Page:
WUSC is excited to announce continued funding to help refugee girls’ education in the camps. With support from the Bureau of Population, Refugees, and Migration (BPRM) WUSC is increasing the educational attainment of girls and underserved populations in and around the Dadaab and Kakuma refugee camps in Kenya.
This project aims to:
- Improve retention and performance of 960 girls at primary school in Kakuma and Dadaab refugee camps in Kenya
- Increase support of parents and community for girls’ education in refugee camps and surrounding communities in Kenya
- Improve quality of education available to students in host (non-refugee) communities
- Equip girls with the leadership and life skills necessary to contribute to their communities
Helping girls succeed
Since 1978, WUSC has provided post-secondary educational opportunities for refugees in Canada through the Student Refugee Program. Despite attempts to provide equal opportunities to female refugees, less than one third of applicants are girls. In 2007, WUSC fielded a mission to Dadaab and Kakuma that undertook an assessment of girls’ achievement and participation in schools, identifying several key issues:
- Girls are responsible for most domestic work. As household survival depends on girls’ domestic work, it is given priority over attending school. Domestic work also limits girls’ time for studying at home or attending extra classes.
- Poverty often forces girls to supplement household income by taking on jobs or staying at home to enable other family members to work.
- Early marriage: Upon reaching puberty many girls are removed from school for protection reasons while awaiting marriage. Alternatively, if married at an early age, they drop out of school to take on the burden of domestic work.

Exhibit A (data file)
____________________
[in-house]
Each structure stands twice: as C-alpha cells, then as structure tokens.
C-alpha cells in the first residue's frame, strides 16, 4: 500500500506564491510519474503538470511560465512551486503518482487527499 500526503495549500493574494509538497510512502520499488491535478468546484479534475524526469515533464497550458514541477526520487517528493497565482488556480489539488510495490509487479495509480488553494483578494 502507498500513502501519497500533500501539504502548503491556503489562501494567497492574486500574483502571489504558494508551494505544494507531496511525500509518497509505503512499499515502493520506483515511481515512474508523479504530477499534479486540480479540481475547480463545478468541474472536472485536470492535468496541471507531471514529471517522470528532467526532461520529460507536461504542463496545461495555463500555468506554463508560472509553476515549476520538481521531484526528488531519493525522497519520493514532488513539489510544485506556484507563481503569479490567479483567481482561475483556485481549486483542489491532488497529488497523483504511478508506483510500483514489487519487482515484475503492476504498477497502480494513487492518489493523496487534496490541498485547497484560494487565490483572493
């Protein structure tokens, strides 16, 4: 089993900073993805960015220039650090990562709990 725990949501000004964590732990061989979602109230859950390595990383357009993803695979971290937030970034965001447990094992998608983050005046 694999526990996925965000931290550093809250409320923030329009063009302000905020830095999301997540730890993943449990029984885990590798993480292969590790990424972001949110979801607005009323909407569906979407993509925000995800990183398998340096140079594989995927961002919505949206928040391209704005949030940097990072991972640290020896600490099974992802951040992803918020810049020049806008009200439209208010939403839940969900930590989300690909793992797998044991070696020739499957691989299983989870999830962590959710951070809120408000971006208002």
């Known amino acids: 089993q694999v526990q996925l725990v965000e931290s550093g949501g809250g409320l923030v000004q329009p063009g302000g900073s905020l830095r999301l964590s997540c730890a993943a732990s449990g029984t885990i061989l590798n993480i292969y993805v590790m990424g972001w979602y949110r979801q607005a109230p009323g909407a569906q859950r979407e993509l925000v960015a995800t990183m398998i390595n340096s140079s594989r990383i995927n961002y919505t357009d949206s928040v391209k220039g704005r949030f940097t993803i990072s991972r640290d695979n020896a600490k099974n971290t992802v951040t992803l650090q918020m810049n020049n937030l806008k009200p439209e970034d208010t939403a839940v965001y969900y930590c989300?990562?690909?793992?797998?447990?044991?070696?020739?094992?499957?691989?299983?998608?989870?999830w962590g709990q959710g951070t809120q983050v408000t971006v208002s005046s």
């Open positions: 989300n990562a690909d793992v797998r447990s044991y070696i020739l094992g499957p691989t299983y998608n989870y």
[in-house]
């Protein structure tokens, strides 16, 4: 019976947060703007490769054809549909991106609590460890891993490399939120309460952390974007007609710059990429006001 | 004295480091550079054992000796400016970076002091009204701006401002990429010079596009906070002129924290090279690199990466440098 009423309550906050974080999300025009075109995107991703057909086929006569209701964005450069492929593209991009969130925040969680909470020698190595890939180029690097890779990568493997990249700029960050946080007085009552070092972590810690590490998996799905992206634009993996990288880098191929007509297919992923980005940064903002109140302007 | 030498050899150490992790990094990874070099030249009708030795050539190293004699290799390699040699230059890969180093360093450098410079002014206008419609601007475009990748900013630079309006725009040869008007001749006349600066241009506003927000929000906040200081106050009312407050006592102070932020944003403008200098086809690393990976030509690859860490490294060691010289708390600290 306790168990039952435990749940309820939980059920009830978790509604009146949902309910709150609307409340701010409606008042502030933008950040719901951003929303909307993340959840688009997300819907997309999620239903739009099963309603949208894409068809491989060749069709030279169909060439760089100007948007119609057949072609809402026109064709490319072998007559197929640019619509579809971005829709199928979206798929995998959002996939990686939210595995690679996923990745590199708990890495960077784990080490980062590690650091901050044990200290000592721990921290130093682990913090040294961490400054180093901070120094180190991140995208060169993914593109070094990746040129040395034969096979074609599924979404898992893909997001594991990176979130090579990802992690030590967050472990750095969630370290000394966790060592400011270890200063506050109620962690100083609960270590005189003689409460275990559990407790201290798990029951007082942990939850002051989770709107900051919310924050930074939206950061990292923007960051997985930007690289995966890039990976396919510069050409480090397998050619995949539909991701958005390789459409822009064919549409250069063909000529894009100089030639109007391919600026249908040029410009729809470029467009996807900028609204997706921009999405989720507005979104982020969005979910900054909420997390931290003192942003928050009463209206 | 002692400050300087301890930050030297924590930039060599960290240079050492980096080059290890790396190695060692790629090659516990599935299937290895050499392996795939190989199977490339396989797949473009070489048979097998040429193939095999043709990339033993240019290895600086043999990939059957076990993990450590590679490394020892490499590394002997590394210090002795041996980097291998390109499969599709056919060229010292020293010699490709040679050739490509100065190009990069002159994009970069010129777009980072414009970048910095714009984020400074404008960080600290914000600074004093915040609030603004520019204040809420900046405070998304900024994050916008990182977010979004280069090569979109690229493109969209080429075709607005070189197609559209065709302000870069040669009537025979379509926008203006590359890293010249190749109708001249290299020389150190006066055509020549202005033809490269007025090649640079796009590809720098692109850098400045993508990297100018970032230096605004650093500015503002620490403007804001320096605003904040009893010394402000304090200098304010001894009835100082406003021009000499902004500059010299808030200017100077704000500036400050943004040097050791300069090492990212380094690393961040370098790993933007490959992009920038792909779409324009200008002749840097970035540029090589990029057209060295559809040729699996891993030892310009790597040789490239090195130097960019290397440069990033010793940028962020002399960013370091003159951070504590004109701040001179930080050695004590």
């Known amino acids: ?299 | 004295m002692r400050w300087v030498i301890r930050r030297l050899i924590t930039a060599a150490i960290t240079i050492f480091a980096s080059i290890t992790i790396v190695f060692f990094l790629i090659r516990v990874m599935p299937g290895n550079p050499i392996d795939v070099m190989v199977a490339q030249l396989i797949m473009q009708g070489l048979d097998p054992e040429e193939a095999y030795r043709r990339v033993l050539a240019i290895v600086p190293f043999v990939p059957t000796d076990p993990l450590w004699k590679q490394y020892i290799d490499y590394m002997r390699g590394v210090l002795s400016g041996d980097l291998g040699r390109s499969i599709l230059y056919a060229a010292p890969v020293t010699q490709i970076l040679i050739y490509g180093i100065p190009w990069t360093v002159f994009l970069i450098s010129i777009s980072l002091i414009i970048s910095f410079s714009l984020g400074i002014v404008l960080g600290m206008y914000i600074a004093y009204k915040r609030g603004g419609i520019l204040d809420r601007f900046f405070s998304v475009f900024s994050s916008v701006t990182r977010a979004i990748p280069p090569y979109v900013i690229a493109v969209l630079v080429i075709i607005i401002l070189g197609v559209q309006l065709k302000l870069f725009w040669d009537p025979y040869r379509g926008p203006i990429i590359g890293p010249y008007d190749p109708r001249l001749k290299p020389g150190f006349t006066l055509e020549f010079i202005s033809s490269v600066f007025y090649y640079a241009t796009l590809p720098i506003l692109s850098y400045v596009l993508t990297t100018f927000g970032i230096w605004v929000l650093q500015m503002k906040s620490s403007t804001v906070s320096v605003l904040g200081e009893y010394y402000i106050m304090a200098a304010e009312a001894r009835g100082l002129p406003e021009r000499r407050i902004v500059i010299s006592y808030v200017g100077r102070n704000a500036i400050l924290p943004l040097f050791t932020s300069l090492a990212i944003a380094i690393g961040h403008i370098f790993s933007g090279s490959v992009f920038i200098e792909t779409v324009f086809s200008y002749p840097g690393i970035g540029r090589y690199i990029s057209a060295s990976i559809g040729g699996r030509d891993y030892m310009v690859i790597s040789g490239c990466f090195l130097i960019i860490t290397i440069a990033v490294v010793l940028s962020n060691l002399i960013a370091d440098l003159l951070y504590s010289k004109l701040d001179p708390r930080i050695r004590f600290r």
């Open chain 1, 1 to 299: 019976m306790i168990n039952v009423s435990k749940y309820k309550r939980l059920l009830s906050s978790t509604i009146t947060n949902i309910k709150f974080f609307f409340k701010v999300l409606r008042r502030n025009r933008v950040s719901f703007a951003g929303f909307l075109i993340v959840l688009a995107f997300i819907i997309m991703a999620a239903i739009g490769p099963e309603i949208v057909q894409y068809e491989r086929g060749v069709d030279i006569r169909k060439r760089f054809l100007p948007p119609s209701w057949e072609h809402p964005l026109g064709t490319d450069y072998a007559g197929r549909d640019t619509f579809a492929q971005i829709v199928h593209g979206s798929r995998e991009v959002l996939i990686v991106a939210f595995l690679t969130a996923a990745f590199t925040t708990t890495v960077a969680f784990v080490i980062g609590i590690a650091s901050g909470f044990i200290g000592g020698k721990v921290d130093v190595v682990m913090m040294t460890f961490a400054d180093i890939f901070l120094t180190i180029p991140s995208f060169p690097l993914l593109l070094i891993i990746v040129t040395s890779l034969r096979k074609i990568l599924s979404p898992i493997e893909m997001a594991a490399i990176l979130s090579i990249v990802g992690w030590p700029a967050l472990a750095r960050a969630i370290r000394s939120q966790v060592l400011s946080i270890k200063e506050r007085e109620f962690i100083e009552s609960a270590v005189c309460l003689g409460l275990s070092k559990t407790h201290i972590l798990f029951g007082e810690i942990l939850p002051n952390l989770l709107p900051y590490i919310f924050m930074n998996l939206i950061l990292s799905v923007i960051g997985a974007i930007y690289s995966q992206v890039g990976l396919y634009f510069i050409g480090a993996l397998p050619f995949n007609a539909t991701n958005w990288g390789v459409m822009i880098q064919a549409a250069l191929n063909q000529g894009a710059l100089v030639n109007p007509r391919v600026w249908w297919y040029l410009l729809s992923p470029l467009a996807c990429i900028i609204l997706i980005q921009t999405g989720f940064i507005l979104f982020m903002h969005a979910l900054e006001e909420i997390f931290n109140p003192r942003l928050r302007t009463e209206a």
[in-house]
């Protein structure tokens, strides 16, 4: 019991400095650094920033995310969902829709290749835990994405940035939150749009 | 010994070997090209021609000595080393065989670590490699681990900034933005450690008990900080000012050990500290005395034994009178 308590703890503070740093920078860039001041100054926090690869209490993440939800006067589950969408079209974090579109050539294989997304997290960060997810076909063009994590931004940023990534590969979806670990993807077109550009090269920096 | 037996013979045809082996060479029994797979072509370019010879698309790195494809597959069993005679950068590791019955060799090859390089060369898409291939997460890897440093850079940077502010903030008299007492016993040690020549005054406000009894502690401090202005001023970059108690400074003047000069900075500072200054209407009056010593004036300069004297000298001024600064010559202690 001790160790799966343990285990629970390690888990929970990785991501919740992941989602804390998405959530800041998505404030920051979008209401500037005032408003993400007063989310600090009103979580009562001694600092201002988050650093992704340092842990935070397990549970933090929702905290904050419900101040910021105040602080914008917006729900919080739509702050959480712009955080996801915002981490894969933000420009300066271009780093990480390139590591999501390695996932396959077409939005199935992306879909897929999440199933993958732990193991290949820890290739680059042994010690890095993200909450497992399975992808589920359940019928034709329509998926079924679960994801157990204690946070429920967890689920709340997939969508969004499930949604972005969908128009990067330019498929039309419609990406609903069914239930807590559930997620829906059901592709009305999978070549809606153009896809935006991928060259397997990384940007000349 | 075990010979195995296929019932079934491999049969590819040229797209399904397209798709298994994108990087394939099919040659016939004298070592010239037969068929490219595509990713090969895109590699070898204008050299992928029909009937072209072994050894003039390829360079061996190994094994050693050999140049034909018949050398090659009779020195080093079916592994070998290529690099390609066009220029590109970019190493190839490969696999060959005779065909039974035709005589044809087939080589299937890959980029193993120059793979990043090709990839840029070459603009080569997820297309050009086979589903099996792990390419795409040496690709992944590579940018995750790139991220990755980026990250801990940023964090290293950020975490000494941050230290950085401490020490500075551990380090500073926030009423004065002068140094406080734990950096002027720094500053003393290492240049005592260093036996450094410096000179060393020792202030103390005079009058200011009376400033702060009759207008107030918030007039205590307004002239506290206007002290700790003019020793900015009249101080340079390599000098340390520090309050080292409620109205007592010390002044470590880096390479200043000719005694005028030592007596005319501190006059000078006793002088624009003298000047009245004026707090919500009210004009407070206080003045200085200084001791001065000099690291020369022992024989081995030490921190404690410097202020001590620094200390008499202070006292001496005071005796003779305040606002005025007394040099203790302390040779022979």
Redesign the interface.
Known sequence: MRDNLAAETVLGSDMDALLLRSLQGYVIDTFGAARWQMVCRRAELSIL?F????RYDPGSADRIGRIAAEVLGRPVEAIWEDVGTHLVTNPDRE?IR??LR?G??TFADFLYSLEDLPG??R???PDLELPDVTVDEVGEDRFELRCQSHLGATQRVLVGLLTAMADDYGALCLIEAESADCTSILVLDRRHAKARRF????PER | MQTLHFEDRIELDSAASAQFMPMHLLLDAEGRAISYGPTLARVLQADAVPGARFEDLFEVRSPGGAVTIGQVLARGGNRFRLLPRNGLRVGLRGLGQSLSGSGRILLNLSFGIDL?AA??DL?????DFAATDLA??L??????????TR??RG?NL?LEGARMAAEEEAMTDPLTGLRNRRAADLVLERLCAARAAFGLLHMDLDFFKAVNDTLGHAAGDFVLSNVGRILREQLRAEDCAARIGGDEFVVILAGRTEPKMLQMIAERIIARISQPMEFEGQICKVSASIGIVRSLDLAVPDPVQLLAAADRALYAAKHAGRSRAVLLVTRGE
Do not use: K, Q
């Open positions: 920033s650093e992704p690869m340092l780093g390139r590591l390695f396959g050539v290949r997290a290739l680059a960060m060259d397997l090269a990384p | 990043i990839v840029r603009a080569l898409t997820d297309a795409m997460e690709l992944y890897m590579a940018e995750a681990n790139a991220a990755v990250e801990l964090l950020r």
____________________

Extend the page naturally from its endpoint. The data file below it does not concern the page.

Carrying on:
- The practice of female circumcision triggers health problems and more absences from school.
- Limited access to sanitary napkins and lack of privacy in schools mean that some girls miss several days of school every month during menstruation.
- Shyness and minority status in the class give girls less confidence to ask questions to understand their schoolwork.
In 2009, WUSC and partner Windle Trust Kenya piloted a girls’ education project in the Dadaab Refugee camp to address the educational needs of girls by providing them with remedial training while mobilizing the community to support girls’ education and develop an improved understanding of gender issues.
Our past in-camp projects have shown that by working with girls directly and mobilizing the community to support girls’ education and eliminate the barriers they face, girls can dramatically improve their performance and are more likely to pursue higher education.
What can you do?
Donate to our Shine a Light campaign, which helps provide refugee girls with the knowledge and tools they need to stay in school and pursue their dreams.